By Lisa Lambert
WASHINGTON (Reuters) - Private bank loans are riding a wave of popularity among cities, counties and other local governments, leaving the $3.7 trillion municipal bond market racing to assess and contain any risks they may pose, a white paper said on Wednesday.
"Bank loans provide issuers with access to capital, supply needed cash flow...and can be easier and less costly to obtain for an issuer than a public debt issuance," a task force that included members of nine major banking, investing, trading, and bond organizations said in the white paper.
But a loan could "introduce potential risks that may impact a bondholder's willingness to continue to hold the issuer's bonds, affect bond ratings or impact pricing in the secondary market."
The climb in borrowing, either by selling bonds to banks or through direct loans, has been swift and steep. U.S. banks held a record high level of municipal bonds and loans in the final quarter of 2012, $363.1 billion, according to the Federal Reserve, one of the few sources of data on the loans.
The public is often in the dark about the details of the borrowing, with investors and regulators sometimes having to wait for annual statements to learn loans even exist.
"I think it's great that there's again another opportunity, another tool for state and local governments to tap, but I do think we do need to be vigilant about some of the pitfalls in that private funding market," Municipal Securities Rulemaking Board (MSRB) Executive Director Lynnette Kelly said last month.
"What are the terms of those bank loans and do state and local governments really understand the risks involved with bank loans? Are those loans being disclosed? Is there a refinancing risk in five years, seven years, 10 years - whenever these great loans come due?" she added in a speech to a meeting of state treasurers.
The MSRB is a self-regulatory organization that writes the rules for the market that the Securities and Exchange Commission enforces. In a statement on Wednesday, Kelly commended the task force for assisting issuers by laying out possible ways to disclose the loans.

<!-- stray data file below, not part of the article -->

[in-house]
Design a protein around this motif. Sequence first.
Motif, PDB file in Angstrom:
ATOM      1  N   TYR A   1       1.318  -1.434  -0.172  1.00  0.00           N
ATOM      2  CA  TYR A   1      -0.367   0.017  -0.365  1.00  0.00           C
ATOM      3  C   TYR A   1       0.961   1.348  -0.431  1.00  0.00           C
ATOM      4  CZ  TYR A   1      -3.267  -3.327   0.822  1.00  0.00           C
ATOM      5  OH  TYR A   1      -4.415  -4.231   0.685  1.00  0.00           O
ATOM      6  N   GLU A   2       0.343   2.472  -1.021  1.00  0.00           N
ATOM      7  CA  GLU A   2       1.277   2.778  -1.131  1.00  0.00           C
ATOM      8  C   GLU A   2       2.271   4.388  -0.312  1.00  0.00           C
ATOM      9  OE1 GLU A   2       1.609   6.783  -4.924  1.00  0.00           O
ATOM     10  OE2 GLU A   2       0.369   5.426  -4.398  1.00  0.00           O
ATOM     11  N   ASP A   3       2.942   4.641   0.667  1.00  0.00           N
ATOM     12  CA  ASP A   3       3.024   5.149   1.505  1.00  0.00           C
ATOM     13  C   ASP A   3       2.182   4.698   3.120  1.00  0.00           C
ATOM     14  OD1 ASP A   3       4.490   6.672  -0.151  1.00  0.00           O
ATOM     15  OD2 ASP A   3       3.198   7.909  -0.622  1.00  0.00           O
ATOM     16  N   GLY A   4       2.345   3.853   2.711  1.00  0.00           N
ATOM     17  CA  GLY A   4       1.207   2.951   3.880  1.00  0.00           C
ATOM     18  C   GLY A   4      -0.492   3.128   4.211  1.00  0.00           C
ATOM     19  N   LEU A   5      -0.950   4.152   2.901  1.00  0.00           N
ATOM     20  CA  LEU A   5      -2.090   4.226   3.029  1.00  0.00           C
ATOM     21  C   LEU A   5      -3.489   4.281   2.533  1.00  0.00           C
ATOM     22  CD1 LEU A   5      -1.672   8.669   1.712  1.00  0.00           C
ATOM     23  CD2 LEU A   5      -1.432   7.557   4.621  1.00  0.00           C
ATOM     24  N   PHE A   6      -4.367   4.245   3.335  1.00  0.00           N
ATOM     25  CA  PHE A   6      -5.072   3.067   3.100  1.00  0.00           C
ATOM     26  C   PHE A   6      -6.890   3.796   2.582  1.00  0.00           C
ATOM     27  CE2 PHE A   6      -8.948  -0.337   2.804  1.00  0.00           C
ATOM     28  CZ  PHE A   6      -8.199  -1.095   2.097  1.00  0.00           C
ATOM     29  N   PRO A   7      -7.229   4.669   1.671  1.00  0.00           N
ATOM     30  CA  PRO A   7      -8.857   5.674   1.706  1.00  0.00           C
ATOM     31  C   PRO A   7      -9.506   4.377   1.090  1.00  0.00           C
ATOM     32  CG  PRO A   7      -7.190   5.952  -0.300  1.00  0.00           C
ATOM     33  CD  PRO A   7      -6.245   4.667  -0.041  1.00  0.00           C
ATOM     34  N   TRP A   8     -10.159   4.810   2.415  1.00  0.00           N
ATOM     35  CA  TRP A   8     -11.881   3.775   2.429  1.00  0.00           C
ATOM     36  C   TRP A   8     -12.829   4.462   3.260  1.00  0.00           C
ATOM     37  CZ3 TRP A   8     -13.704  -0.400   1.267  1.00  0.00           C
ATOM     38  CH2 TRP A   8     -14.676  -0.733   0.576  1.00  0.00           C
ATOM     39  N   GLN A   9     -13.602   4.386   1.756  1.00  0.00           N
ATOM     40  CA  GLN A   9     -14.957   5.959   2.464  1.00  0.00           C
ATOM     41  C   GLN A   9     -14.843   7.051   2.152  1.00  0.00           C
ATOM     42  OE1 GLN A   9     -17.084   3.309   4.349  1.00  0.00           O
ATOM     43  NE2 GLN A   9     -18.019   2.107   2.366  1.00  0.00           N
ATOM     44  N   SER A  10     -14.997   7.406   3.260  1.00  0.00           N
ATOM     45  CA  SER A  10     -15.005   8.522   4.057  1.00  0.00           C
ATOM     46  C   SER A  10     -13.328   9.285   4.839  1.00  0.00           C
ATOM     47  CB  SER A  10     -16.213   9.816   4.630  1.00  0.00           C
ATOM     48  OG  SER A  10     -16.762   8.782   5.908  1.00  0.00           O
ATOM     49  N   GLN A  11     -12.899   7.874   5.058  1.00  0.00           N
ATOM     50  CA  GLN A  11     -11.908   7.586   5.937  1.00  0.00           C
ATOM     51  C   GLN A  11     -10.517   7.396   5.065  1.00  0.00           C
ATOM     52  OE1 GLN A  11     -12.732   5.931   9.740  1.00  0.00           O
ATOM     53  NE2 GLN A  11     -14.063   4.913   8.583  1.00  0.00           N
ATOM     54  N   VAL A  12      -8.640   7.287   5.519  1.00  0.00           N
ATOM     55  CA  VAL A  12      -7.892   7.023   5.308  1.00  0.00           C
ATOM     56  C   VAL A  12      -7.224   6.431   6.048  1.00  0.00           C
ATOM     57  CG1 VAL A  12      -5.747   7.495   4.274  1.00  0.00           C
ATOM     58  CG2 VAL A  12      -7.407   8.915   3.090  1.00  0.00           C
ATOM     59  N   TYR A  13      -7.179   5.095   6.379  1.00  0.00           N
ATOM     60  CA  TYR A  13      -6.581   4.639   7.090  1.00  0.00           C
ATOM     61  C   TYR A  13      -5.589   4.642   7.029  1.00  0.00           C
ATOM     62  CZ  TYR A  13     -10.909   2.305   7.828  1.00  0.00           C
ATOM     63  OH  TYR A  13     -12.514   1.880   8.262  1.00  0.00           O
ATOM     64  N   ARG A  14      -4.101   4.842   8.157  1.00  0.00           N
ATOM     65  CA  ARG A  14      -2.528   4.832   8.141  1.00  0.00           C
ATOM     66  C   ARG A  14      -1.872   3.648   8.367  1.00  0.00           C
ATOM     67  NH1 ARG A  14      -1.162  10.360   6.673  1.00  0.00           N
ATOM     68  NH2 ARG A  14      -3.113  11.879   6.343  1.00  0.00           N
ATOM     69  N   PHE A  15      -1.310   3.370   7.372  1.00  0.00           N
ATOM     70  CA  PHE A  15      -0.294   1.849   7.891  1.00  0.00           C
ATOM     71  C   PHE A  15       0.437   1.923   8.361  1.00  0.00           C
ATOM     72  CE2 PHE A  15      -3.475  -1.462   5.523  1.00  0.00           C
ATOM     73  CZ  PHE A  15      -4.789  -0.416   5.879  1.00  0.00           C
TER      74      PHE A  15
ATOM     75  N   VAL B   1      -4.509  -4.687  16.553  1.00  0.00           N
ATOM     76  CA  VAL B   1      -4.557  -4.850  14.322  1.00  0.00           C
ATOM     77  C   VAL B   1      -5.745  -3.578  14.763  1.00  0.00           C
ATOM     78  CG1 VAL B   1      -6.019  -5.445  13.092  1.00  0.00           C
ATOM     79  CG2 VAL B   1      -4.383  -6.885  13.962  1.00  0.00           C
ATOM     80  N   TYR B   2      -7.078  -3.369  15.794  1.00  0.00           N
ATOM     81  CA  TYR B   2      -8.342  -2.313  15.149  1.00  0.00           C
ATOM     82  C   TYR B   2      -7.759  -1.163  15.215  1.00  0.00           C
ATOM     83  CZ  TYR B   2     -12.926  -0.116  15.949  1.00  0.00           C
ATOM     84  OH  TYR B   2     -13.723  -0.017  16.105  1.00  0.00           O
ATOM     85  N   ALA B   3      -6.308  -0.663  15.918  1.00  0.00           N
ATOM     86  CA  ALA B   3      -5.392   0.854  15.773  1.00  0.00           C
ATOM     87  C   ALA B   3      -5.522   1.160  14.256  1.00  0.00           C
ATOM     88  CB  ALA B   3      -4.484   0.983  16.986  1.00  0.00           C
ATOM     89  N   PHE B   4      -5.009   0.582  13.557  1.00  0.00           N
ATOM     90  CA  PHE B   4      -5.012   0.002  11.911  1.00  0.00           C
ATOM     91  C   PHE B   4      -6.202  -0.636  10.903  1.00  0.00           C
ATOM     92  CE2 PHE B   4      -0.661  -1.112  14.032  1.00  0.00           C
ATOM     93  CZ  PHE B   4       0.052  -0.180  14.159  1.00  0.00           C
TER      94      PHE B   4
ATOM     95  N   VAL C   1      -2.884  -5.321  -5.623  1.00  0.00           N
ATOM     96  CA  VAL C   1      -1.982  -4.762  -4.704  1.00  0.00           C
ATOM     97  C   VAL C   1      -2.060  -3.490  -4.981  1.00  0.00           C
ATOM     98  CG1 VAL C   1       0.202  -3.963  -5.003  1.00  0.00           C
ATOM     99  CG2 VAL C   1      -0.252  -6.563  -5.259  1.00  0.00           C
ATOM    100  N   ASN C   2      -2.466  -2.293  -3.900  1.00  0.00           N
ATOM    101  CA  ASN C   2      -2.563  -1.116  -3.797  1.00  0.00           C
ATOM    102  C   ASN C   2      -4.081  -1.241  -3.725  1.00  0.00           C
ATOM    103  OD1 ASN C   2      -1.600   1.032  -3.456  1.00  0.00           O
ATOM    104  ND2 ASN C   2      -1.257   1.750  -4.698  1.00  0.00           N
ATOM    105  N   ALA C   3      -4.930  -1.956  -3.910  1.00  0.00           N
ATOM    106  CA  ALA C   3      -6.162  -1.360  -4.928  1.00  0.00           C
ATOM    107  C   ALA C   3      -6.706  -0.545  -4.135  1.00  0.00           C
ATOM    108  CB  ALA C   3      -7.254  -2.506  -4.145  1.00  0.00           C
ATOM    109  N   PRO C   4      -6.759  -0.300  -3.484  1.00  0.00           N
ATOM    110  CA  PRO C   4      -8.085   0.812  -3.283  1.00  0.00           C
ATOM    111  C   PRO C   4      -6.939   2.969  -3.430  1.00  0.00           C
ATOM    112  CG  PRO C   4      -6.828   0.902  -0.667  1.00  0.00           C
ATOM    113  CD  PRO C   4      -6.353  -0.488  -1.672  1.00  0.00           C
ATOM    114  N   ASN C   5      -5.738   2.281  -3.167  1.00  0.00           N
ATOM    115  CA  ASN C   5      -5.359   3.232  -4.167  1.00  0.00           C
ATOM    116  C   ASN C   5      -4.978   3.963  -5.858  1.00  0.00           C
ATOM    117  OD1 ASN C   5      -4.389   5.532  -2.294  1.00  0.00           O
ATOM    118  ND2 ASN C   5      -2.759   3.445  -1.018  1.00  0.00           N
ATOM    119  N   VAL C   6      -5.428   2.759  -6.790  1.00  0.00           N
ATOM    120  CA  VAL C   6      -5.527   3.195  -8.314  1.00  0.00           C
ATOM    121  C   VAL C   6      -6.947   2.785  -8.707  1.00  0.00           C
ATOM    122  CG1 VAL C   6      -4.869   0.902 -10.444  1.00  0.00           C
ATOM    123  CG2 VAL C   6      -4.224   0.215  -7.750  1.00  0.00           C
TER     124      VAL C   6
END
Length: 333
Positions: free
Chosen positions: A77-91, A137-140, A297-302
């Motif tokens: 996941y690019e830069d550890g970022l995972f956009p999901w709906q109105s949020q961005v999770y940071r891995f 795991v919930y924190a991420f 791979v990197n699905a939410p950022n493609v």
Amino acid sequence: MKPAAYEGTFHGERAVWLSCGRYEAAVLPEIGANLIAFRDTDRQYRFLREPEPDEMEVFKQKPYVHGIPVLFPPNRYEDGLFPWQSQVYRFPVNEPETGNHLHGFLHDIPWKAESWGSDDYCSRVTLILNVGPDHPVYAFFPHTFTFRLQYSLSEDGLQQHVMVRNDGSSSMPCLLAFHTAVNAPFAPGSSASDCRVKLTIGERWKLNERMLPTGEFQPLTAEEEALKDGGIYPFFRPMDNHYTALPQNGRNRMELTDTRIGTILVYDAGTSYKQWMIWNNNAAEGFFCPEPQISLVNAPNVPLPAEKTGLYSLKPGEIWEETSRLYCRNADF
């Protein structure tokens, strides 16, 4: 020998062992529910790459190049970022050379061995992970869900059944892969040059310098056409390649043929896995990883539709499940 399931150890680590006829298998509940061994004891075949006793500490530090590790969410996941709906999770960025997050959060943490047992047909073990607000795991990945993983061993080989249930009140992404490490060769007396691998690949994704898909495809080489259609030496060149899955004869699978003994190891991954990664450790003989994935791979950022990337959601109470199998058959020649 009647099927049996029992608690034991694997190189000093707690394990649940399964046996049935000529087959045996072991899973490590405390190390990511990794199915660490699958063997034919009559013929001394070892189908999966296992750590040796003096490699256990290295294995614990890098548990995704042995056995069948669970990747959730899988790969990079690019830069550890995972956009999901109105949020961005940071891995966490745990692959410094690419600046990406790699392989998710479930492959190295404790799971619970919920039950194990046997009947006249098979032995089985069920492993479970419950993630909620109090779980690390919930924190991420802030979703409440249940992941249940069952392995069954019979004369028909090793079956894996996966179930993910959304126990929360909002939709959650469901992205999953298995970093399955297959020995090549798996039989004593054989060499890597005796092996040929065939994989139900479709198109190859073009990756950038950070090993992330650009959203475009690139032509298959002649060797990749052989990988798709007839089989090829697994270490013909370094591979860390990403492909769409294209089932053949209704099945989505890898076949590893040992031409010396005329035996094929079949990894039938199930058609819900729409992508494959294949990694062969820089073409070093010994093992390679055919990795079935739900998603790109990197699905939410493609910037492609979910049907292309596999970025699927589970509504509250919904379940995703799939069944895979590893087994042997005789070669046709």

Issuers do not have to provide offering documents when they take out the loans, and they do not have to tell traders in the secondary market about them. Last year, though, the MSRB began pushing for voluntary disclosure.
The task force, which included representatives from the American Bankers Association and the Securities Industry and Financial Markets Association, suggested disclosing bank documents such as the financing agreements or providing summaries that cover the loan's terms. It emphasized that issuers should promptly post the information.
Banks have long made tax-exempt and taxable bank loans to issuers, but since 2009, they have been more willing "to make an increasing amount of tax-exempt bank loans to issuers as an alternative to publicly offered tax-exempt bond issues," according to the white paper.
The 2009 federal stimulus plan raised the amounts of "bank-qualified obligations" that banks could hold, as part of a grander scheme to thaw a municipal credit freeze. In 2009 and 2010, issuance of the obligations doubled.
Essentially, the obligations are exceptions to part of the tax code that prevents banks from deducting the carrying cost of municipal bonds from their taxes. By doing so, the tax code eliminates the appeal of most tax-exempt debt for banks.
When the stimulus plan expired issuance of the qualified obligations slowed, but the public sector continued relying on banks in general, the task force found.
"Contrary to the expectations of many participants in the municipal market, however, banks have continued to make a substantial amount of bank loans on a non-bank-qualified basis since January 1, 2011," according to the white paper.
Many loans are being used as substitutes for the liquidity facilities and letters of credit that banks provide to back variable-rate demand bonds, according to Thomas Jacobs, who tracks products related to municipal bonds as a vice president for Moody's Investors Service.
Direct borrowing is less expensive for both issuers and banks than selling variable-rate bonds with support facilities, according to the rating agency.
(Editing by Lisa Shumaker)